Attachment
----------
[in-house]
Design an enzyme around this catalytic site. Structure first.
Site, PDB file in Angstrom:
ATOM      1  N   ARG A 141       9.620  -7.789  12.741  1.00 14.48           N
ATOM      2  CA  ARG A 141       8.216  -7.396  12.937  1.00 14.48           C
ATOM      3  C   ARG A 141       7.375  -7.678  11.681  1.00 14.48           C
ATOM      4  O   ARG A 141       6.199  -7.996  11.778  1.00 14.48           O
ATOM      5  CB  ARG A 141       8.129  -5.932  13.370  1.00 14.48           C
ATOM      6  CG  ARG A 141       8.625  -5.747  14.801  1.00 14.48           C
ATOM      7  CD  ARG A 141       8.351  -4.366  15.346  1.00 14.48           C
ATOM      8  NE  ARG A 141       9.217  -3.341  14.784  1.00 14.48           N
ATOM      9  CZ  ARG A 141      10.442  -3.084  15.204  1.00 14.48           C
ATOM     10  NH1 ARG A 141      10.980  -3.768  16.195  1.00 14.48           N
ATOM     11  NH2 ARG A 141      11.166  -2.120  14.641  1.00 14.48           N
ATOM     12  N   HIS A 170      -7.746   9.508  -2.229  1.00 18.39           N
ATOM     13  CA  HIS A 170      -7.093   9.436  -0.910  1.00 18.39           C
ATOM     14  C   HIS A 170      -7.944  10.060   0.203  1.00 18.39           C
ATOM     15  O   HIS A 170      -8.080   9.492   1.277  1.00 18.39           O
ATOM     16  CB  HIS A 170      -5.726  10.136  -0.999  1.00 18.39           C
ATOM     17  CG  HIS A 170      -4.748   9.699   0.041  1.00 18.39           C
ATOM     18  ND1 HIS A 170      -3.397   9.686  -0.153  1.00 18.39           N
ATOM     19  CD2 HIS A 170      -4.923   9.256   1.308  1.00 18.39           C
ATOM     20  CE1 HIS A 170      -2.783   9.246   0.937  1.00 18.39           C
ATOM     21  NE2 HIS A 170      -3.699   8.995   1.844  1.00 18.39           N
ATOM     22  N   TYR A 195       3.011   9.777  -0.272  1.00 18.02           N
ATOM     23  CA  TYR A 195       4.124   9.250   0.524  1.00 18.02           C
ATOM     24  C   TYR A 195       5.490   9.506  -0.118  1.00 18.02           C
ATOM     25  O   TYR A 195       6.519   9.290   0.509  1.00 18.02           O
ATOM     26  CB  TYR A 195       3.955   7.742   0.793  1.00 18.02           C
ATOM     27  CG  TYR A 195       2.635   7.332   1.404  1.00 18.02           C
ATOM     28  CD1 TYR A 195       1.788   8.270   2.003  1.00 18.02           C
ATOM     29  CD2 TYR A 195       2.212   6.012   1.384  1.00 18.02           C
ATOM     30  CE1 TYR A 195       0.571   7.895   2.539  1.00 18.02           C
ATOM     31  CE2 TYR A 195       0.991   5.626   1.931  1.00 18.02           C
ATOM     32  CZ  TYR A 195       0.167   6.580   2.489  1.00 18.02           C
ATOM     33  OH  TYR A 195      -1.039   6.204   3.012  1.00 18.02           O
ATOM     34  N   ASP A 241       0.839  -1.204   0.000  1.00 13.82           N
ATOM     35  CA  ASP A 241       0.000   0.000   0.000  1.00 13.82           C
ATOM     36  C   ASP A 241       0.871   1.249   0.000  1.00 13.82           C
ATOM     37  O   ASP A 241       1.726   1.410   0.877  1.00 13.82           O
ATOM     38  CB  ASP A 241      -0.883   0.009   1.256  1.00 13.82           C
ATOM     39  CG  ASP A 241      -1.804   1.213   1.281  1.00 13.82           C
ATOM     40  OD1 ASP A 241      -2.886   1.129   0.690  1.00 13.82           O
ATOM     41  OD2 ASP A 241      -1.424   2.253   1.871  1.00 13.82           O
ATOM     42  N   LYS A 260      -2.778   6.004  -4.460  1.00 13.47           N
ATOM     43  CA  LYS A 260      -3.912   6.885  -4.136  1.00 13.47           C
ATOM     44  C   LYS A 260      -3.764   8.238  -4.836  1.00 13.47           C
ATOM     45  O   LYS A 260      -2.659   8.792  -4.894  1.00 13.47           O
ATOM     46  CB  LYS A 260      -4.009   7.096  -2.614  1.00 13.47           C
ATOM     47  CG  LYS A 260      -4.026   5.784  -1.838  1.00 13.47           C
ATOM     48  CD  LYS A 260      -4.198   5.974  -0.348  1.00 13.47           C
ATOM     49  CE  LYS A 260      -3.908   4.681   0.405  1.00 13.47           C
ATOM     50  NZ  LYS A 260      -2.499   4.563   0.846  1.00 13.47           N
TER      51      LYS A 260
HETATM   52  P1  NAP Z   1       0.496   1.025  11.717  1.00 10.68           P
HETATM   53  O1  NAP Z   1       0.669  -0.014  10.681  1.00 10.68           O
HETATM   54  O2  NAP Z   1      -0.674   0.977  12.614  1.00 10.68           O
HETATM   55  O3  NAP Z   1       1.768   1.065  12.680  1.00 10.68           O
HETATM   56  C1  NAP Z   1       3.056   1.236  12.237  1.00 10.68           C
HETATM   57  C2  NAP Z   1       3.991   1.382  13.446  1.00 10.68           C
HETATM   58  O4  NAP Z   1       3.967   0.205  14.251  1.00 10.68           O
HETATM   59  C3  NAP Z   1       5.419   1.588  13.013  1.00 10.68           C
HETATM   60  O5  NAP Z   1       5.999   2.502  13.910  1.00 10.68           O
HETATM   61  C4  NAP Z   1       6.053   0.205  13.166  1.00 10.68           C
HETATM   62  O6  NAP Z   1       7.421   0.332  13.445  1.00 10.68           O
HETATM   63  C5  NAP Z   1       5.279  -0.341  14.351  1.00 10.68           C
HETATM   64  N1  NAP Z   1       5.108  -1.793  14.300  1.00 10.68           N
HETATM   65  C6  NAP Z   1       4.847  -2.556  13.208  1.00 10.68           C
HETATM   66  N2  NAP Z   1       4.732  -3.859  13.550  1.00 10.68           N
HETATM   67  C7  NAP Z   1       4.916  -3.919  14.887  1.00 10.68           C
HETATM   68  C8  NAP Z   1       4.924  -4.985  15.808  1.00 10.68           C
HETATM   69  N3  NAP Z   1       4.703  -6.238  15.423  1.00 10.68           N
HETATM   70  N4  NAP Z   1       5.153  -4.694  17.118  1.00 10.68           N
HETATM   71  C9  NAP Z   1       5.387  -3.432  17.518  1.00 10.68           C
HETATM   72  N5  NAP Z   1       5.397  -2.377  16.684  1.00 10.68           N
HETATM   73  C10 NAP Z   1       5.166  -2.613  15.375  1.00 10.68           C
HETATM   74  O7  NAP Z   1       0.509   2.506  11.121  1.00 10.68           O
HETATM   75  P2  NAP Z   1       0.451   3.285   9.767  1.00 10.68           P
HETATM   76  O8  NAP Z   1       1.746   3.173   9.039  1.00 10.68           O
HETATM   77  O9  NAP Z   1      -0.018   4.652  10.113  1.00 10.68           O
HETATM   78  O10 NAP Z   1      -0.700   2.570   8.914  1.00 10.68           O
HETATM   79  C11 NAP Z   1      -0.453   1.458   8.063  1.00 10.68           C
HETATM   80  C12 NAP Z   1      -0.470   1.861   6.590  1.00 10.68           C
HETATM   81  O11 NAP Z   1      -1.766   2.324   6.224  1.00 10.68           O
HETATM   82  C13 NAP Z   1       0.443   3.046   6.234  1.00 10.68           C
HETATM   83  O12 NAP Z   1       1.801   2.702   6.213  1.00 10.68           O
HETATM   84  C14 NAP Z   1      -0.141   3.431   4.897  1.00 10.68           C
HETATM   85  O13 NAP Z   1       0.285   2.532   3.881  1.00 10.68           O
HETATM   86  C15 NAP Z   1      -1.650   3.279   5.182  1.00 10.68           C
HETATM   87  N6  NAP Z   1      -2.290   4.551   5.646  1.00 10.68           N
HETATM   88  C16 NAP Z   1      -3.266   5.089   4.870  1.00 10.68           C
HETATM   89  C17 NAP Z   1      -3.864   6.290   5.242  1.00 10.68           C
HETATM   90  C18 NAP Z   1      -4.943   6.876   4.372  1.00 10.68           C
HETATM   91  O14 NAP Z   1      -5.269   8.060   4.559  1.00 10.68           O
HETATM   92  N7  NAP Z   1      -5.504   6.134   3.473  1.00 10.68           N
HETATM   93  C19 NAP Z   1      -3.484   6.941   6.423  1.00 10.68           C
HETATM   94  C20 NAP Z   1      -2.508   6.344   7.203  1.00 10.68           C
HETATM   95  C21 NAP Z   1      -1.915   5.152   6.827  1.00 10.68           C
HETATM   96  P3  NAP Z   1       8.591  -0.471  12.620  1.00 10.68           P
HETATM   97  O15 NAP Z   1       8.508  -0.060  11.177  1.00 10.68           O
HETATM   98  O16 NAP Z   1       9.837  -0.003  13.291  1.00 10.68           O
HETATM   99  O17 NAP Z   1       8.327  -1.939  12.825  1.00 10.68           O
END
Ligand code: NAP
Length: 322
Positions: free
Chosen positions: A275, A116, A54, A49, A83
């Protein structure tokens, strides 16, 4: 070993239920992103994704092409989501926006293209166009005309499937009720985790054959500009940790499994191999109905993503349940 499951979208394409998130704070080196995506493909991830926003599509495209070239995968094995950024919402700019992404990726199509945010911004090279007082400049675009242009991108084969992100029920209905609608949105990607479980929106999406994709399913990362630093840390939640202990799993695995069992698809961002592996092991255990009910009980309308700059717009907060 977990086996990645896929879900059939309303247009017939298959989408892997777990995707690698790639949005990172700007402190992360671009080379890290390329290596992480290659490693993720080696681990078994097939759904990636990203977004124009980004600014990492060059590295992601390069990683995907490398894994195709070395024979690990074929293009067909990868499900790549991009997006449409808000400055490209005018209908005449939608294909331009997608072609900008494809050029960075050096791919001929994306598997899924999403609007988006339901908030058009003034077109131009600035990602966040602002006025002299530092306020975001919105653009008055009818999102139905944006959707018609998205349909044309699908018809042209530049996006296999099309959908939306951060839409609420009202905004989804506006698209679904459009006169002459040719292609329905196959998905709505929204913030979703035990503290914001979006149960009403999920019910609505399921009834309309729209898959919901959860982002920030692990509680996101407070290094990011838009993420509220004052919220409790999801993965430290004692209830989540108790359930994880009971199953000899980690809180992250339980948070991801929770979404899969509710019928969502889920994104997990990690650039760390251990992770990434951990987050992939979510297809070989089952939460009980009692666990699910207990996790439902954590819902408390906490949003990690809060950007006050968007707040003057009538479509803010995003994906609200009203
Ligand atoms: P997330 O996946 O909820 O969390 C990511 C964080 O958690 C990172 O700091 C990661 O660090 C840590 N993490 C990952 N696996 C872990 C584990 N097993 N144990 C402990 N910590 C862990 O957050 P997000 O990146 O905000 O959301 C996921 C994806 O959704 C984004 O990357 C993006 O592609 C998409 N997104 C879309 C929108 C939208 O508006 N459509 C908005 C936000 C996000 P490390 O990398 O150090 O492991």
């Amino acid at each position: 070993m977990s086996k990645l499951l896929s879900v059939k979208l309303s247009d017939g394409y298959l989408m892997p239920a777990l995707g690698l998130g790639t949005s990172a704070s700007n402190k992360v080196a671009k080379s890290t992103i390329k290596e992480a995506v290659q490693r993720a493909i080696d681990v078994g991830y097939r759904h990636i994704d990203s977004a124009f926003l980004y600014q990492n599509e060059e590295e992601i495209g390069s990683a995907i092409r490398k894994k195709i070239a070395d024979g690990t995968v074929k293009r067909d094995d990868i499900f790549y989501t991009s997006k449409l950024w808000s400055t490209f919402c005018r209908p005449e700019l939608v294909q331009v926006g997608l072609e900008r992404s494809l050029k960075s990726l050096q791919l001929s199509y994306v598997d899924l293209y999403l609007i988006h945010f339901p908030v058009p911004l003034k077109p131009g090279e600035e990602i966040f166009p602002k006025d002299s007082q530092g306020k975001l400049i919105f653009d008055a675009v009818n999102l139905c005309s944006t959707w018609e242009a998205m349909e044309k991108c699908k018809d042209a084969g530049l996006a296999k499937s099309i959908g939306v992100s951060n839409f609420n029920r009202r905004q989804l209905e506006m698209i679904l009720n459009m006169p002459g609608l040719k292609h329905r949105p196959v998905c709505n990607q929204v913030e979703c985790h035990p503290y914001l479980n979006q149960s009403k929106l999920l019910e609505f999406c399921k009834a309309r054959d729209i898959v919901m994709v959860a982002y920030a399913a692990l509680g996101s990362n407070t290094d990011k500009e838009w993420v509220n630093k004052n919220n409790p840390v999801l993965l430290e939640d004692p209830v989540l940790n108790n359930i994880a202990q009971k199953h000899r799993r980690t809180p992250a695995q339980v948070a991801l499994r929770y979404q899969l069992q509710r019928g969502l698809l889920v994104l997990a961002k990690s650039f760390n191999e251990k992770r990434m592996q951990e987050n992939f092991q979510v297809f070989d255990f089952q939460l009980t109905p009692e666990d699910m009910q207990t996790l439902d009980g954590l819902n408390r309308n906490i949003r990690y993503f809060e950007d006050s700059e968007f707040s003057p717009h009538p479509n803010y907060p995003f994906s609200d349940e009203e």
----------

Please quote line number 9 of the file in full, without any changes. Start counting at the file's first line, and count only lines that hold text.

ATOM      6  CG  ARG A 141       8.625  -5.747  14.801  1.00 14.48           C